Sarah Morgan didn’t know if she believed in love at first sight, then she met Paul J. Miller.
The Michigan native walked by her as she clocked in for her first day of work at a local grocery store. Morgan says she knew she would marry him someday.
“Paul was a funny and thoughtful guy. He was always doing something ridiculous with a big smile on his face,” she said. “Laughter is the way to my heart and he always kept me laughing. There was never a dull moment with him. He would often stop at the store on his way home from work and get me a ‘just because’ greeting card and write something silly in it.”
What Morgan never expected was to be a widow at 22. On July 19, 2010, her husband of two years, a Marine corporal, was killed by an improvised explosive device while on foot patrol in Helmand Province, Afghanistan. Her entire world was turned upside down with the loss of her high school sweetheart.
Morgan admits a lot of what happened after that is a blur. She flew to Dover Air Force Base to receive Miller’s flag-covered casket, then traveled to Michigan to make funeral arrangements.
Grief paralyzed her for months, but Morgan knew she ultimately needed a change. Moving to North Carolina was the first big step she took after Miller’s death, but she says her decision wasn’t always met with kindness or understanding.
“There were a lot of people who didn’t accept my move,” she explained. “They couldn’t understand how I could just pack up the life I had with Paul, and move across the country and start over.”
Morgan said the intense backlash and judgment she received created intense social anxiety.
“I felt like my every move was under a judging microscope and I couldn’t escape. Nothing I did was ever right.”
The worst was after Morgan eventually started dating again and met her current husband, who is also a Marine. Friends and family members stopped talking to her and accused her of disrespecting Miller by moving on.
“I hate that term ‘moving on.’ It makes it feel as though I forgot about my past,” Morgan said. “I say ‘moving forward’ because that’s what I had to do. I was a 22-year-old widow. I was too young to just stop living.”
It took Morgan over a decade to finally start feeling like herself again, and as she reached her 30s, the opinions of others stopped weighing so heavily on her.
“I was happy with my life, and by then I felt like I had proved to everyone that I hadn’t moved ‘too fast’ and that I had done what was right for me and my happiness,” she said.
Although she still has moments of social anxiety, she said she no longer allows it to make her a recluse who’s afraid of experiencing life — a message she continues to share with other military widows.
“The most important advice I would give a Gold Star wife is to not stop living,” she shared. “Our husbands died so we could live. They wouldn’t want us to live a lonely, miserable life. Find a healthy way to honor your late husband to give you something positive to focus on.”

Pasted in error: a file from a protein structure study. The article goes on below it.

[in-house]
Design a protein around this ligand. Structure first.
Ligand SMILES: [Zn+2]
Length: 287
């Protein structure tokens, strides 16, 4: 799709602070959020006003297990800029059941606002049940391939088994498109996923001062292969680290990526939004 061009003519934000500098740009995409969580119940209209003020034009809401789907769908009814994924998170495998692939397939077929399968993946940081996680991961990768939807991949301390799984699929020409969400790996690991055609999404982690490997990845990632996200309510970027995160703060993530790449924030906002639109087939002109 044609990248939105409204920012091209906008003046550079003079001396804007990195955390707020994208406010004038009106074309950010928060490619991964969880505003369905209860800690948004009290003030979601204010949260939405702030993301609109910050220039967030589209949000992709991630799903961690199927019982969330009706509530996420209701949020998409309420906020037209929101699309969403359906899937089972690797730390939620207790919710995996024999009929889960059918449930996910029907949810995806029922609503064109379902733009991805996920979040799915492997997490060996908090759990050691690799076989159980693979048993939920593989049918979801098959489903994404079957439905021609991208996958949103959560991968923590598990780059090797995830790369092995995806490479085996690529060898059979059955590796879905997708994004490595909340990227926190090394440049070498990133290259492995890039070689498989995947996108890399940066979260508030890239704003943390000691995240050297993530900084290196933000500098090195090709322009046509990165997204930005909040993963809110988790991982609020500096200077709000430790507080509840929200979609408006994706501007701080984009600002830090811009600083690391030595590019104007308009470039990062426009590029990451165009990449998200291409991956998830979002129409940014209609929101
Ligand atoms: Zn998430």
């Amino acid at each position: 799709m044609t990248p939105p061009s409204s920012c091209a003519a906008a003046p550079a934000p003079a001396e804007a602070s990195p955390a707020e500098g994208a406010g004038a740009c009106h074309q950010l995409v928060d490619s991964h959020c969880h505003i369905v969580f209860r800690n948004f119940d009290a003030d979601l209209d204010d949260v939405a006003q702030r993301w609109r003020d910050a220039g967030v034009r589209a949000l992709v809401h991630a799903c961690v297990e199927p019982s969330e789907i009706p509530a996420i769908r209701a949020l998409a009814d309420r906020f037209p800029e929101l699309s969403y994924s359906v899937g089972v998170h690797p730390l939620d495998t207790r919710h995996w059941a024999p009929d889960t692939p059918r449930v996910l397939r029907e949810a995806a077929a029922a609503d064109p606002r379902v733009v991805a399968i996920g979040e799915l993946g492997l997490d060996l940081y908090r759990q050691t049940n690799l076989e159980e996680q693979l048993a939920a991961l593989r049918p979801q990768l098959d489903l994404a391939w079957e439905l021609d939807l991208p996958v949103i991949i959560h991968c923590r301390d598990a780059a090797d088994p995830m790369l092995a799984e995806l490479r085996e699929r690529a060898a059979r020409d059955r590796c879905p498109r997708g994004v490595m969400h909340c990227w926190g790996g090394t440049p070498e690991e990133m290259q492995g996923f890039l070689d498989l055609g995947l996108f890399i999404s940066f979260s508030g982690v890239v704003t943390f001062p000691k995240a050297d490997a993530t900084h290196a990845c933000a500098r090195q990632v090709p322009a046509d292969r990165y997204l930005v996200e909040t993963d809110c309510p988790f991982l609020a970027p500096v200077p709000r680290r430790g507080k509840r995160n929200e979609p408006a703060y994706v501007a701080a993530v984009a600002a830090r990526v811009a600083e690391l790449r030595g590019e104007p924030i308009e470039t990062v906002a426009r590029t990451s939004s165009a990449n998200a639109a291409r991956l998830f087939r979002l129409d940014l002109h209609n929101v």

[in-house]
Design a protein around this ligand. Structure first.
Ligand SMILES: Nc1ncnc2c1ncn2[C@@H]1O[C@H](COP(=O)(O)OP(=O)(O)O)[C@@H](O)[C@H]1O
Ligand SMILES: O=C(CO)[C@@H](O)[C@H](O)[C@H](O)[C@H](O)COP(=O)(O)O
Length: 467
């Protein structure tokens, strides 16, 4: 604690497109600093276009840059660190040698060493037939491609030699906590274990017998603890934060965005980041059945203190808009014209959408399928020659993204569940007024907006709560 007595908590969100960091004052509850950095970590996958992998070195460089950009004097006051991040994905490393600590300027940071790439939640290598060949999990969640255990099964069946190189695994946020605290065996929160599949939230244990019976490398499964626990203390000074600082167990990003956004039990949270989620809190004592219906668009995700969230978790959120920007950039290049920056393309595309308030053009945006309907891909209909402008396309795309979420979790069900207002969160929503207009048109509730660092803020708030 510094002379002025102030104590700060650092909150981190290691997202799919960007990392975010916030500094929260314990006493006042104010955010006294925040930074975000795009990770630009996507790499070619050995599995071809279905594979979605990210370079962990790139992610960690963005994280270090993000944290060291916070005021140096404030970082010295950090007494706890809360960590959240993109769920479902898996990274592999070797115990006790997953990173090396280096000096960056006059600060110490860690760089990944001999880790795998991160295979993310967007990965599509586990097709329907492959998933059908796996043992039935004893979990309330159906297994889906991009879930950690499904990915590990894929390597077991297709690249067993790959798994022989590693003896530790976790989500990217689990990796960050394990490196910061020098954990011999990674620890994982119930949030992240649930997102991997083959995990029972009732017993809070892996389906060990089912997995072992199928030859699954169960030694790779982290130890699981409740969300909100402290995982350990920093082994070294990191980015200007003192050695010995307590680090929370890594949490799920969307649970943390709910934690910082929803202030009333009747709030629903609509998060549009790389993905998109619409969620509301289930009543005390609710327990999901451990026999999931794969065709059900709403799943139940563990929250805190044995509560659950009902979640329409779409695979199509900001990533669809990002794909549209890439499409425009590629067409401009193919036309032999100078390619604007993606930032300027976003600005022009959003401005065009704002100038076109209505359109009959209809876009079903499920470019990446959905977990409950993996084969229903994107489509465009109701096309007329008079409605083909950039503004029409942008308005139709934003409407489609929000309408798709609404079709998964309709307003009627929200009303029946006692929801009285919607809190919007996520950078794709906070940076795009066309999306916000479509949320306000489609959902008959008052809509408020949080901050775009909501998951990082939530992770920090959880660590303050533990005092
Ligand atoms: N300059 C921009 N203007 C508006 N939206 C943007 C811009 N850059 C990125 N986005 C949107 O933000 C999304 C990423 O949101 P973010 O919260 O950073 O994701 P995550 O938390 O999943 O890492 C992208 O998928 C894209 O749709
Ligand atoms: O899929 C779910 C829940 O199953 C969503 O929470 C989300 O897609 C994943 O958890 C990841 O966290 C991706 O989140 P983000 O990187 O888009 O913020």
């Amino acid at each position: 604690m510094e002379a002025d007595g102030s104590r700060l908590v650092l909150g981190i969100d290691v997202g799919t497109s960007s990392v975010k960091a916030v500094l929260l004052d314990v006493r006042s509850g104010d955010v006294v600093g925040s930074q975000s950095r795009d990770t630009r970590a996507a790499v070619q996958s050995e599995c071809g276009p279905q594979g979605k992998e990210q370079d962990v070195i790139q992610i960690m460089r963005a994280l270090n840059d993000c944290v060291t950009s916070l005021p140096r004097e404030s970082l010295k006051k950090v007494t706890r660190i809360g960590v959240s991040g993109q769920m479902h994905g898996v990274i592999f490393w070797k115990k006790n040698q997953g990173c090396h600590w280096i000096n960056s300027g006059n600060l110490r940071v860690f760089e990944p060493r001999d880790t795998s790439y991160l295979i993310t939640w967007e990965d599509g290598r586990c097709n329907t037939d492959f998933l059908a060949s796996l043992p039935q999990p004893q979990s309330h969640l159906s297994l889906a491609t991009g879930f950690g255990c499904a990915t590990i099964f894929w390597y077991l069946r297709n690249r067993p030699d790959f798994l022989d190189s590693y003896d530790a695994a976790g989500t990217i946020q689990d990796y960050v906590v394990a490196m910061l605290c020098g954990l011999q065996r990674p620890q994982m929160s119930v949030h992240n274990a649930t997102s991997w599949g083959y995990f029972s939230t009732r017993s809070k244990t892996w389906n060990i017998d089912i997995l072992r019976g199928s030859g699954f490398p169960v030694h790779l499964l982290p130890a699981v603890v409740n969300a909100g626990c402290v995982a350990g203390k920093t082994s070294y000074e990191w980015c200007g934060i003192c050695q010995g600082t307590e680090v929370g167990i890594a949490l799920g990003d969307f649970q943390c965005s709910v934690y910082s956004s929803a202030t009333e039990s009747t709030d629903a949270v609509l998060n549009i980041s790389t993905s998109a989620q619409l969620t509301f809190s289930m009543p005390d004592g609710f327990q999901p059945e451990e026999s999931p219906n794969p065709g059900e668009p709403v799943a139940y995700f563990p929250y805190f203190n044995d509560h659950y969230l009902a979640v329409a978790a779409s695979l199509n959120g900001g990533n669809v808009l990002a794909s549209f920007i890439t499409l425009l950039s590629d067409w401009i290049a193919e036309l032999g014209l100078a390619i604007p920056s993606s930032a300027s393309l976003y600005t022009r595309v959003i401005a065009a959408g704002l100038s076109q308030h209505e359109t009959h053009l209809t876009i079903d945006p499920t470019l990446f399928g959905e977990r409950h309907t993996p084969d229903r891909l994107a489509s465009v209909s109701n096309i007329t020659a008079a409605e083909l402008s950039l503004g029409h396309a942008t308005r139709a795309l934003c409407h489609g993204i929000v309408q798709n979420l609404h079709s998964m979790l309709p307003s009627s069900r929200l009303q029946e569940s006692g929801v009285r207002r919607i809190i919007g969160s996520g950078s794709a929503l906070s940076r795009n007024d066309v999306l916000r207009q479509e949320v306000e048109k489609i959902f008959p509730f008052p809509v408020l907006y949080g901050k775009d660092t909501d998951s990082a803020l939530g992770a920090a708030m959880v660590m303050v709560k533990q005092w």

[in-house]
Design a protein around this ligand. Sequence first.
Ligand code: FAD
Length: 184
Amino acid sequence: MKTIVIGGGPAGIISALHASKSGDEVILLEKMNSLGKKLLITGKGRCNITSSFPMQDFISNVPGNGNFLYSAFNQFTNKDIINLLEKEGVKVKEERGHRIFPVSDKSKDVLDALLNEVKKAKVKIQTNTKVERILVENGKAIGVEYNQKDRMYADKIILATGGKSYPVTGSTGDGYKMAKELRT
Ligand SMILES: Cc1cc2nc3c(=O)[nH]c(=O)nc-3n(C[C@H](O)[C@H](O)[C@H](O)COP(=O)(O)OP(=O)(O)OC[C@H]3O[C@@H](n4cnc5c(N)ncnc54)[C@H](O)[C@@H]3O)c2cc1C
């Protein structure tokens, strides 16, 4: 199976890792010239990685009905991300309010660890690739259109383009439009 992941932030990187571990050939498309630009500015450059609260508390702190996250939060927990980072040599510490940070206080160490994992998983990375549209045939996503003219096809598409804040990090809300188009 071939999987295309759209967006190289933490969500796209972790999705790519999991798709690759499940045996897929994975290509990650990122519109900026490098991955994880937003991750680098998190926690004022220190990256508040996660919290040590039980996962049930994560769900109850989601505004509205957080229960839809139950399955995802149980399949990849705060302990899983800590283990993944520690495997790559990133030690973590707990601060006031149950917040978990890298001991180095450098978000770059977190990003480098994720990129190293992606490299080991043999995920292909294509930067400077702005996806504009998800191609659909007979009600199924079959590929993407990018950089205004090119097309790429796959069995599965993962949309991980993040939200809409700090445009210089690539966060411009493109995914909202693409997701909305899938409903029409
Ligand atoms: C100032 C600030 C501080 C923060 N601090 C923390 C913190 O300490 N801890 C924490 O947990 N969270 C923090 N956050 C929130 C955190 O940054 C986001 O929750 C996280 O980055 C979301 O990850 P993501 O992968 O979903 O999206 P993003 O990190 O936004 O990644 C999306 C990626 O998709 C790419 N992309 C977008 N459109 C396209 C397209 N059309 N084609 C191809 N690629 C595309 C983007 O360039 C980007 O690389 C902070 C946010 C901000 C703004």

That’s exactly what Morgan did. As time passed, she began to worry that Miller would become just another number and his legacy would be forgotten, so she actively pursued ways to keep his memory alive. She had always loved doing nice things for people, and it was important to her that whatever she did had a positive impact on society.
“And then one day it just came to me. I designed some cards with his picture on it that explained why I was doing a random act of kindness,” Morgan explained. “When it started, they were just going to be for me. When I would have a day where I was in my feels, I’d use a Paul card to brighten someone’s day and give his death a purpose.”
But when she posted her idea of pay-it-forward cards on Facebook, she was unprepared for the overwhelming response she got from others who wanted to participate too. Eventually, she made a Facebook page for the cards so her idea could easily expand outside of her friend group. Over the past seven years, she has mailed out more than 10,000 cards all over the world.
Along the way, she’s had an outpouring of support. Strangers have sent her postage stamps and envelopes, and a print company sent her thousands of the pay-it-forward cards so she wouldn’t have to fund the project alone.
In 2021, customers from a local coffee company in North Carolina, Coffee Haven, donated $500 to the cause and continued to “pay it forward” by paying for the coffees of people behind them and passing out the cards so others could learn the story behind their act of kindness.
“The biggest takeaway from all of this is there are so many good people in the world,” Morgan said. “For too many years I only focused on the bad people and what they thought of me. But the willingness complete strangers have had to help me with this initiative has really opened my eyes to the power of kindness from others.”